Consistency is the key to conquering multi-cloud challenges with confidence.
In the beginning (back in 2007 or so), there was cloud. And it was mostly SaaS, as organizations eagerly consumed business-ready offerings that replaced previously rented line of business apps with those in the cloud.
While there were certainly a lot of early adopters of other cloud models like IaaS, migration of enterprise apps didn’t begin in earnest until there were few apps commodified enough to replace with a SaaS offering.
That trend is just beginning to really ramp up. An enterprise’s portfolio of applications has traditionally hovered around 300. That was before digital transformation became a “must do” to compete in the application economy. There are certainly more now, with a backlog the length of Valley rush-hour traffic on the 101. That means more cloud is not only likely, it’s a near-sure bet.
But that also means more challenges, because as more apps move to more clouds – private and public, on-premises and off – consistency becomes more difficult to maintain. No two clouds are completely alike. Each has their own unique APIs and management consoles as well as their increasingly important ecosystems. They require specific skills and knowledge and tooling. The result is a growing set of operational siloes inside organizations that matches their investment in various clouds. Each silo has its own strategy, process, and tools. Which is challenging enough. Making it more complex are the cloud-specific services and thus policies that are the (unintended) consequence.
Enterprises are not going to be stopped by the challenge, of course. They’re going to charge ahead, regardless, because the benefits make the growing pains worth it.
Some good news for enterprises embarking on a path to multi-cloud is the announcement of availability for VMware Cloud on AWS.
As you may recall, VMware Cloud on AWS is designed to accelerate that path with the ability to fire up production-ready VMware SDDC clusters in the AWS global infrastructure. The release this month focuses on enabling customers to execute on new application development and support application migration efforts.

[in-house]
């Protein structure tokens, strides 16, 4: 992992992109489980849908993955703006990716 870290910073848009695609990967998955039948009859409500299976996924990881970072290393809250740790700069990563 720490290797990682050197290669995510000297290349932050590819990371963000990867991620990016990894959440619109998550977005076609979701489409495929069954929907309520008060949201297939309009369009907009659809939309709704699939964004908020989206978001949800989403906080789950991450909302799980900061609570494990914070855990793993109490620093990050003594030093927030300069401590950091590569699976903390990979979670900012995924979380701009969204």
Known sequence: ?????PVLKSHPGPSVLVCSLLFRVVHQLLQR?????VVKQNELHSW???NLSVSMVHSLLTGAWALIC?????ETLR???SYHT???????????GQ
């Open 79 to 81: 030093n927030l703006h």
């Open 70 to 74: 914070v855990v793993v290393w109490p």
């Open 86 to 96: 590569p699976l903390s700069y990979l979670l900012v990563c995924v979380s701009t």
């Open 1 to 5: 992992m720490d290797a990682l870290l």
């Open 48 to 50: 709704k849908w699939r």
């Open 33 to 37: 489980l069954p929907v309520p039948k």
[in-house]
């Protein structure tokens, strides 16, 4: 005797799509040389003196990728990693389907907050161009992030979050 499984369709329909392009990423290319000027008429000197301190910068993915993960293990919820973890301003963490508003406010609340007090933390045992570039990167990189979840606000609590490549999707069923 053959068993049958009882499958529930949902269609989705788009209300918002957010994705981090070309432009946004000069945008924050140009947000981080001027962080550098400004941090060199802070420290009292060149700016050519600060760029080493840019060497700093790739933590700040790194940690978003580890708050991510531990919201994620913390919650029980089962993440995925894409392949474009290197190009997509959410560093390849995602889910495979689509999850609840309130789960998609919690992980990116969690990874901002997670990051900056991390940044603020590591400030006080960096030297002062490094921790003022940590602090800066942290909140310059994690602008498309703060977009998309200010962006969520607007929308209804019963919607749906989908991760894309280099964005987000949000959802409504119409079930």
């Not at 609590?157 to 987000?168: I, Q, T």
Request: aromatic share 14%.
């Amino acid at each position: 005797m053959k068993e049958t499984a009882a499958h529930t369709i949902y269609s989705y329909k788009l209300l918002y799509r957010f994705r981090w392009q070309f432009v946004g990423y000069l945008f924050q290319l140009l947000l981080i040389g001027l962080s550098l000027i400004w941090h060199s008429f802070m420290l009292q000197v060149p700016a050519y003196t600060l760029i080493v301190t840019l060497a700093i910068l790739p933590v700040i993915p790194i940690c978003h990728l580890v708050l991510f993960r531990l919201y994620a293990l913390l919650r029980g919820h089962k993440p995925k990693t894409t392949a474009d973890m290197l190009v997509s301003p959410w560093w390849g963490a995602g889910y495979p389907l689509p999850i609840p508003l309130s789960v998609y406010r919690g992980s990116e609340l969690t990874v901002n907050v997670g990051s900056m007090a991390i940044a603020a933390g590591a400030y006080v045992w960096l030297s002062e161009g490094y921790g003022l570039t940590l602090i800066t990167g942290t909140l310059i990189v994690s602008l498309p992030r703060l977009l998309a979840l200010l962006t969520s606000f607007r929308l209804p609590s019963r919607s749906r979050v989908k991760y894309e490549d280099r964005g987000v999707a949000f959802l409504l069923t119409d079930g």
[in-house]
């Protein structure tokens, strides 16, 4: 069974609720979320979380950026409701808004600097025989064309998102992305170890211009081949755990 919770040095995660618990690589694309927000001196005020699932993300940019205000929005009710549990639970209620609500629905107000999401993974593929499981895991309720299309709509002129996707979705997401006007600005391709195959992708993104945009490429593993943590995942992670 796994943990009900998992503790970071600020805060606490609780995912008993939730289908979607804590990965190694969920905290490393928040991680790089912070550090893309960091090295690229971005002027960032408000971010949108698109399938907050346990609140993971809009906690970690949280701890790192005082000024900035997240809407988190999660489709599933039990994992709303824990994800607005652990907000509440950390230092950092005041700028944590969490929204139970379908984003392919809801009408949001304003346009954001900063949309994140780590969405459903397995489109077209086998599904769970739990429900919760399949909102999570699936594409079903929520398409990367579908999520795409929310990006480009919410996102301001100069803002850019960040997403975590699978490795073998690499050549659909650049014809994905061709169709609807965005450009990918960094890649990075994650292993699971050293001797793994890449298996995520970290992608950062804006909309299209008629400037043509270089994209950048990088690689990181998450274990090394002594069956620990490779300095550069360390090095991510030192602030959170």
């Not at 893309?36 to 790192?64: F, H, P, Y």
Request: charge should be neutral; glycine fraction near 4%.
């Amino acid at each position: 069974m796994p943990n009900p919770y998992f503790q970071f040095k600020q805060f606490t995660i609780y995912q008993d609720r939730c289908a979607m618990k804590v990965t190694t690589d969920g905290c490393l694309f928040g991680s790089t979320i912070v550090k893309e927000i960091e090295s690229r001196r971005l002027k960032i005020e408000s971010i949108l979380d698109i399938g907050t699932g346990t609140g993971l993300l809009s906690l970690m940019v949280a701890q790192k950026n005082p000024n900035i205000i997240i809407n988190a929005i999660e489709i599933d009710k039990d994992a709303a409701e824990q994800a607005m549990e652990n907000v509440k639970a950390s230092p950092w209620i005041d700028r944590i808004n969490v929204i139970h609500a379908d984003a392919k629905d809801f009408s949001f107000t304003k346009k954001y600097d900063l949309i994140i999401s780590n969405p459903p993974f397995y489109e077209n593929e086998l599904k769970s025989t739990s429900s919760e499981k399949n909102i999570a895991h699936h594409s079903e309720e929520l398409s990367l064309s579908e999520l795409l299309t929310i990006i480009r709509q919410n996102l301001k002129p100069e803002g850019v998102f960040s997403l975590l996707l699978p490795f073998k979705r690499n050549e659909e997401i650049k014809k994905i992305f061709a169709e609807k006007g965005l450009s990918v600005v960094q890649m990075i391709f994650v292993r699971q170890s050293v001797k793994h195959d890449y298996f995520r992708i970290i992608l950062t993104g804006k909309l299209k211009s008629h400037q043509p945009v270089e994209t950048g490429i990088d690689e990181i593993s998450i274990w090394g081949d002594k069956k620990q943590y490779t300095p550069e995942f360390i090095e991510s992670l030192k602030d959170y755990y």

But enabling enterprises to seamlessly get apps into the cloud faster is just the first step. The bulk of challenges with multi-cloud come after the app is happily humming along somewhere in the cloud. Operational consistency, management, and meeting those pesky SLAs jump to the fore. VMware Cloud on AWS addresses these by enabling organizations to use existing skill sets and tools, resulting in the operational consistency across environments necessary to reduce stress (and costs) in multi-cloud environments.
Support for its partner ecosystem – including F5 – means customers can address consistency concerns with security, identity, and performance with the same services they use on-premises in VMware cloud on AWS. That means extending investments in skill sets and policy-creation – and tooling – out into the cloud.
Being able to consistently manage and secure apps migrating to the cloud affords organizations the breathing (and budget) room to focus on that backlog of applications business needs to succeed in the digital economy. That’s important, given an early 2017 report from OutSystems in which over 3200 IT professionals noted that 44% will develop more than 10 applications and nearly 1 in 7 plan to develop more than 100 apps this year. That means more work, too, for those deploying, securing, and managing the performance of those apps – many of which will no doubt be pushed into public clouds by design. With the availability of VMware Cloud on AWS, VMware and its partners aim to make that process as painless and successful as possible.
You can learn more about VMware Cloud on AWS here, and more on F5 and VMware here.